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EXCLUSIVE: Winston Out As EP of 'The Talk'

After just a week on the job, The Talk's new executive producer, Susan Winston, has decided to leave the show, according to sources.

A CBS spokesperson declined to comment.

Winston was hired to replace outgoing executive producer Brad Bessey in late April. At the end of March, Bessey said he would be leaving the show he launched after its first season.

The Talk premiered on CBS' daytime lineup in October and features Julie Chen, Sara Gilbert, Leah Remini, Holly Robinson Peete and Sharon Osbourne - all moms - chatting about a range of issues pertinent both to women and to mothers. It was renewed for season two in January.

John Redmann, a talk veteran, will remain on the show, as will Gilbert, who is the creator and an executive producer. Whether Winston will be replaced is unclear.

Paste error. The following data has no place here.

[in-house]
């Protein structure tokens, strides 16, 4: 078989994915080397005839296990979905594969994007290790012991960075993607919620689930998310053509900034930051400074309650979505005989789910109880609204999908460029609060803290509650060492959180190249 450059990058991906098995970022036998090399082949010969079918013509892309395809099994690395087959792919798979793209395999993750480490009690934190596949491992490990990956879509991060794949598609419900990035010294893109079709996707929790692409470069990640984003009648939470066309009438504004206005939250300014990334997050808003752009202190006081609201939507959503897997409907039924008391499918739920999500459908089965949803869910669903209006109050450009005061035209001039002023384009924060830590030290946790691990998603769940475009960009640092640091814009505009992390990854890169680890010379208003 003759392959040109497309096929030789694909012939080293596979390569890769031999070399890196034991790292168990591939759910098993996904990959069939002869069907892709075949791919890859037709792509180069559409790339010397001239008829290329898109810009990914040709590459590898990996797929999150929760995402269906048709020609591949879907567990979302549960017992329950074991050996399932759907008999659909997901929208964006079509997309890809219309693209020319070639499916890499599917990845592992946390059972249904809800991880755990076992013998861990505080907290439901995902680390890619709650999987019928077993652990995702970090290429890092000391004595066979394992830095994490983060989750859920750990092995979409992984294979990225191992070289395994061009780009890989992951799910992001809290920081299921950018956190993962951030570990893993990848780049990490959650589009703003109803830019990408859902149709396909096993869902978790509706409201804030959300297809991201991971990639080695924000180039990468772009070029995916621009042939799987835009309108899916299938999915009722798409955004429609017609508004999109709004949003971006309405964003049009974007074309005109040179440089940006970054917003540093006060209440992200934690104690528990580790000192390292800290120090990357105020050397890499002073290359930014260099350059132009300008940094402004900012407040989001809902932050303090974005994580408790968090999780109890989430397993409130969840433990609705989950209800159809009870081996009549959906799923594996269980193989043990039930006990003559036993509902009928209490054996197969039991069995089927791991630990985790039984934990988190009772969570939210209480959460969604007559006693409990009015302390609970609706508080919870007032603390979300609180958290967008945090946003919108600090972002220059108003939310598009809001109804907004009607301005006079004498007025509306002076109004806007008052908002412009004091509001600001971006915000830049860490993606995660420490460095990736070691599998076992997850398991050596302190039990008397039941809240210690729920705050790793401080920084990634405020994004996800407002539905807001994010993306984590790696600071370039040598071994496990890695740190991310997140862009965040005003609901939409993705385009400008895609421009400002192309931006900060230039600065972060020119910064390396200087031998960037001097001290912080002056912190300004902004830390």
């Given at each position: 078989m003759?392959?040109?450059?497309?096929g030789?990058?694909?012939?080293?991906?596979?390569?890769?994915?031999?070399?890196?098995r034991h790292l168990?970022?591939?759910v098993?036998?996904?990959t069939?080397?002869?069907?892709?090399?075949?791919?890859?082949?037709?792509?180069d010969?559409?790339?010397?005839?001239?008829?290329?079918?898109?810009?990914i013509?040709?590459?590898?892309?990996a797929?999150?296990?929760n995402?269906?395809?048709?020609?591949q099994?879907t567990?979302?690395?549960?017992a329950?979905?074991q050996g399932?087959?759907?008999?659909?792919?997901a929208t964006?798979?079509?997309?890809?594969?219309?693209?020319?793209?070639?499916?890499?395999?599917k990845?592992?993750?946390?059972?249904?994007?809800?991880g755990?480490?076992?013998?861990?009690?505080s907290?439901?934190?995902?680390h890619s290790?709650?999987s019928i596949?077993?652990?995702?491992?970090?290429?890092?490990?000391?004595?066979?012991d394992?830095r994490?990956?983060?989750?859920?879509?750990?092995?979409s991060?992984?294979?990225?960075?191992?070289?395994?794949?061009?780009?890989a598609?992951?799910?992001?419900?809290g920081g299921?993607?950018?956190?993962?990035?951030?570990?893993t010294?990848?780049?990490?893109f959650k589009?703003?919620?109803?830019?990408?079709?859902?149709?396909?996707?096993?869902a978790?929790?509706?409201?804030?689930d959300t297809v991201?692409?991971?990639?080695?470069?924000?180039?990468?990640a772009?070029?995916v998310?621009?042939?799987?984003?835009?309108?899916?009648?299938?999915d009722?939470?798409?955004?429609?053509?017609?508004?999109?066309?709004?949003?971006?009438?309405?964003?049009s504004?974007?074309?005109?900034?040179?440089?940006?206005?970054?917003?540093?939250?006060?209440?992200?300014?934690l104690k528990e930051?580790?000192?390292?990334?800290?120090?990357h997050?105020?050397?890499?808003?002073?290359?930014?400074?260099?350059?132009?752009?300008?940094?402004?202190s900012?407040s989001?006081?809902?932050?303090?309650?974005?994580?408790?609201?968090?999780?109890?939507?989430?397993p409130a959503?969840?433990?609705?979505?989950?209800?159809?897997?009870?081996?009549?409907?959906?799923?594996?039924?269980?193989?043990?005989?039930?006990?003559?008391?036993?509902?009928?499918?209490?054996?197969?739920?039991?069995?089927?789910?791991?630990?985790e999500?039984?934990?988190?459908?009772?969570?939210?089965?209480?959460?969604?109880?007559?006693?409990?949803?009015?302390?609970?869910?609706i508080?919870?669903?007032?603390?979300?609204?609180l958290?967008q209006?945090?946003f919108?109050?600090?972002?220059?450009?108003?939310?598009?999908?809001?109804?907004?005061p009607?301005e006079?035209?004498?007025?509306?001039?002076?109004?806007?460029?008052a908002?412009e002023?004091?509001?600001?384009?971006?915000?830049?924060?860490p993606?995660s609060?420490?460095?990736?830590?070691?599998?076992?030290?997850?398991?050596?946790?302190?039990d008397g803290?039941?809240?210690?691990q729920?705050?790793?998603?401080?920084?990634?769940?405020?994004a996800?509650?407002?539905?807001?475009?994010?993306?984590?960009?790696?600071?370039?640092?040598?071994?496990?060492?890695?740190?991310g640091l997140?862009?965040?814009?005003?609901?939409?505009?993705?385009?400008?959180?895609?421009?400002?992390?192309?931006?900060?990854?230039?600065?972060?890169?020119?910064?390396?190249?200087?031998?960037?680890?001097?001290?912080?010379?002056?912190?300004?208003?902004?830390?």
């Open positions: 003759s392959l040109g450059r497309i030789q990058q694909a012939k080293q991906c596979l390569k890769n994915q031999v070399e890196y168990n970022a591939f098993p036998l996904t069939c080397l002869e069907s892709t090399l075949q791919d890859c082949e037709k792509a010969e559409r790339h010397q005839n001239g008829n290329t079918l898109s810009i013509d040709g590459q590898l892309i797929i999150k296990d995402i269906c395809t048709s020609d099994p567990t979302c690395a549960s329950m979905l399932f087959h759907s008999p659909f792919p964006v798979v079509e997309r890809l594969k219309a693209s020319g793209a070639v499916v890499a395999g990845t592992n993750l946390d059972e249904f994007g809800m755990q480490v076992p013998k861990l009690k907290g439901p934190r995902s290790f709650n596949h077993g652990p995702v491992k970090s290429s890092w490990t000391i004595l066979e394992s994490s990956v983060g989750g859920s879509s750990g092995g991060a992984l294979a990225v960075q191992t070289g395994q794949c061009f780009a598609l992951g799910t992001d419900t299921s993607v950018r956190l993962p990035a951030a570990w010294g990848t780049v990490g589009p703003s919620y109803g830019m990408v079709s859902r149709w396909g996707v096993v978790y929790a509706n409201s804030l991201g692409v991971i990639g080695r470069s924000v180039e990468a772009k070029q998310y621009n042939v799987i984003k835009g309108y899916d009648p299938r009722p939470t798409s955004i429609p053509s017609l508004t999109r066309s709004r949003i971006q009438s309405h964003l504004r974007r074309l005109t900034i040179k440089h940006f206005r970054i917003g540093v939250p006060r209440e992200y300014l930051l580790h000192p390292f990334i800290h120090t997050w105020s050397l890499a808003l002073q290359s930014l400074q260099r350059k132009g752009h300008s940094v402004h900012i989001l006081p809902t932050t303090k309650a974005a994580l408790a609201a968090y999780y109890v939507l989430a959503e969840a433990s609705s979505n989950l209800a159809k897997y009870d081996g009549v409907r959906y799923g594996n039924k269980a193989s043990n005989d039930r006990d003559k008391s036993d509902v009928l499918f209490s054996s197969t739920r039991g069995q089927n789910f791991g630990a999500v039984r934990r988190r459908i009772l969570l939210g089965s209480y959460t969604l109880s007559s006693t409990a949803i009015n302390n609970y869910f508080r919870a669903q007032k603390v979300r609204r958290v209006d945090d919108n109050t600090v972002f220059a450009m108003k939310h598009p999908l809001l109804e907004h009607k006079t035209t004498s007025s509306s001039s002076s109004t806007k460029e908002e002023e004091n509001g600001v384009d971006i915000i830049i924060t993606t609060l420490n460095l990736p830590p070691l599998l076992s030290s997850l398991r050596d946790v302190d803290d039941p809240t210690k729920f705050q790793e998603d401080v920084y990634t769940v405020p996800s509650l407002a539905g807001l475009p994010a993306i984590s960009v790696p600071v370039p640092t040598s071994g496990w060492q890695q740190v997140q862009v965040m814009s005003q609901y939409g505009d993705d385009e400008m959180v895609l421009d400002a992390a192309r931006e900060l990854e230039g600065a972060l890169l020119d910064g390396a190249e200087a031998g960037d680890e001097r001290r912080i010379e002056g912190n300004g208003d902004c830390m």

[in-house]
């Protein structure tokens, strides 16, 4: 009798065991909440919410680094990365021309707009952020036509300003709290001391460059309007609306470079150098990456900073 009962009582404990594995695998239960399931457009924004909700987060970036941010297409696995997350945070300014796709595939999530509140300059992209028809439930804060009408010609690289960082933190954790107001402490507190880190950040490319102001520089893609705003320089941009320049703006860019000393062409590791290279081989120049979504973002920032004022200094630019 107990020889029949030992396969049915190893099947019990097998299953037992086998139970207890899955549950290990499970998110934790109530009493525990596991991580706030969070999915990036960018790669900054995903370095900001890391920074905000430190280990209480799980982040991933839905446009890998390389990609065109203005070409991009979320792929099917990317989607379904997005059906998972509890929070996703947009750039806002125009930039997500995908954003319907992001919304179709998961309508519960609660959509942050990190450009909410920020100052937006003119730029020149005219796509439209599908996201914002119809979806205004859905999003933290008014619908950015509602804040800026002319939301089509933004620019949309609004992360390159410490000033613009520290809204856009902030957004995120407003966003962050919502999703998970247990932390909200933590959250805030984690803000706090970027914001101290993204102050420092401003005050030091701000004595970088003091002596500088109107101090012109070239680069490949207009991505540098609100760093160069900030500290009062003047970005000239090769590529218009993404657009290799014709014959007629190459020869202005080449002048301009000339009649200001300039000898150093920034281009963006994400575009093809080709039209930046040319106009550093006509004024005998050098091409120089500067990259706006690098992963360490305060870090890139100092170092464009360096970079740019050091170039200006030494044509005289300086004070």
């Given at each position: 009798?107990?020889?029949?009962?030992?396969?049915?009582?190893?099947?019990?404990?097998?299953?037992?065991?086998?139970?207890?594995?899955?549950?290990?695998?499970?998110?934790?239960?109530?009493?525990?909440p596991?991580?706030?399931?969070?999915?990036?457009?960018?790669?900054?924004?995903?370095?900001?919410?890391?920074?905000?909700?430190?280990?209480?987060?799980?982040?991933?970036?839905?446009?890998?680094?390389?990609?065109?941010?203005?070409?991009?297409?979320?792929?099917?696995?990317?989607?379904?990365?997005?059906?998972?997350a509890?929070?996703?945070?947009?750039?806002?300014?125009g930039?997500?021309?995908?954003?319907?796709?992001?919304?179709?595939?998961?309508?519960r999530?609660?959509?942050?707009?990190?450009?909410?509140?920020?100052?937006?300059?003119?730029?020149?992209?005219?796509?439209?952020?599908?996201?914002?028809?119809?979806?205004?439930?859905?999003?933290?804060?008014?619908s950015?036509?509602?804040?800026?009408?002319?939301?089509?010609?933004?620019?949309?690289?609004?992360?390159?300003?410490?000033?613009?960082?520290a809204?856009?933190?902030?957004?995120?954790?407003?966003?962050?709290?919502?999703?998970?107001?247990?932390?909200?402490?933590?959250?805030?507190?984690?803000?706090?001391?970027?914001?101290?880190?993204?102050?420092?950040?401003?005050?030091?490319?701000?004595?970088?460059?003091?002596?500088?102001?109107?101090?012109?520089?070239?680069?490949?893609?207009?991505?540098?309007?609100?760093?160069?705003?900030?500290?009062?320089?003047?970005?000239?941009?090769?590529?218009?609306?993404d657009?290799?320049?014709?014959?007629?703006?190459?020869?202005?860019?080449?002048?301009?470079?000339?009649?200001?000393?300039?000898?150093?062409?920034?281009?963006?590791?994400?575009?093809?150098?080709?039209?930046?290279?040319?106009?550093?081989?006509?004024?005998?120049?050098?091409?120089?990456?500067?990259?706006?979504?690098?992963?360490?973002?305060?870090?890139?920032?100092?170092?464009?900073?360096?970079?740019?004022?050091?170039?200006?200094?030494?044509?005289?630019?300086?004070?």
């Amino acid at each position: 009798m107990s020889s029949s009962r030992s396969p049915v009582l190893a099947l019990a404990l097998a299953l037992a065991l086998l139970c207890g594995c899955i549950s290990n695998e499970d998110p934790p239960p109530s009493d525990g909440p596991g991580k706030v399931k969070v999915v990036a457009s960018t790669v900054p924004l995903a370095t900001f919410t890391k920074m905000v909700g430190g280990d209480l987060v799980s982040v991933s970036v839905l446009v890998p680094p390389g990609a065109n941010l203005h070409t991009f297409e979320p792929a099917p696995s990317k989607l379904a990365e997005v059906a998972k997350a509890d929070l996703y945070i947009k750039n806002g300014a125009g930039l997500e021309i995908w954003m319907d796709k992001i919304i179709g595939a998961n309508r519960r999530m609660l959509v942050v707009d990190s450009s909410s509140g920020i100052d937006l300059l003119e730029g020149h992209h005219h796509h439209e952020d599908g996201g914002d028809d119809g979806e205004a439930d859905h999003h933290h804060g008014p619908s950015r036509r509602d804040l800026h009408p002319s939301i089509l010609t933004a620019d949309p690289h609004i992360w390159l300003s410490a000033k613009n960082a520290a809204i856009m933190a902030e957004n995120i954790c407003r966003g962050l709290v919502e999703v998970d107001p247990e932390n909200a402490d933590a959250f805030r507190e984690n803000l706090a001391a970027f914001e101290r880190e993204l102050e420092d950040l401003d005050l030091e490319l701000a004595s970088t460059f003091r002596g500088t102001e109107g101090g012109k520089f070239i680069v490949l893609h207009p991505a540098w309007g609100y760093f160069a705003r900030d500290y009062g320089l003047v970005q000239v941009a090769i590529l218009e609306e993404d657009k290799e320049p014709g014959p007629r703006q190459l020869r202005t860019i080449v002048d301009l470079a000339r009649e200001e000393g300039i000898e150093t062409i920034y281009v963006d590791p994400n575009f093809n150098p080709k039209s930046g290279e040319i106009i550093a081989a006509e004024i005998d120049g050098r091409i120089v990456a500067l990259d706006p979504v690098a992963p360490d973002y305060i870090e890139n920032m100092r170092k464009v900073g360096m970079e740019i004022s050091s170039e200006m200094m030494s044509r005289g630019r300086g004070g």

Prior to her short tenure at The Talk, Winston executive produced AMC's In the House with Peter Bart and Peter Guber and TLC's Untold Stories of the ER.

In syndication, Winston created and executive produced NBCUniversal's The Other Half and was executive producer of Radar Entertainment's Jury Duty.

Earlier in her career, Winston executive produced both the CBS Morning News and ABC's Good Morning America. She also earned an Emmy for working as a senior producer on ABC's coverage of the Los Angeles Summer Olympics in 1984.

Winston graduated from the University of Pennsylvania and has a Masters' degree in psychology, specializing in marriage and family therapy. Beyond producing television, she also has worked as a therapist and counselor.

Contributing editor Paige Albiniak has been covering the business of television for nearly 25 years. She is a longtime contributor to Next TV, Broadcasting + Cable and Multichannel News. She concurrently serves as editorial director for entertainment marketing association Promax. She has written for such publications as TVNewsCheck, The New York Post, Variety, CBS Watch and more. Albiniak was B+C’s Los Angeles bureau chief from September 2002 to 2004, and an associate editor covering Congress and lobbying for the magazine in Washington, D.C., from January 1997-September 2002.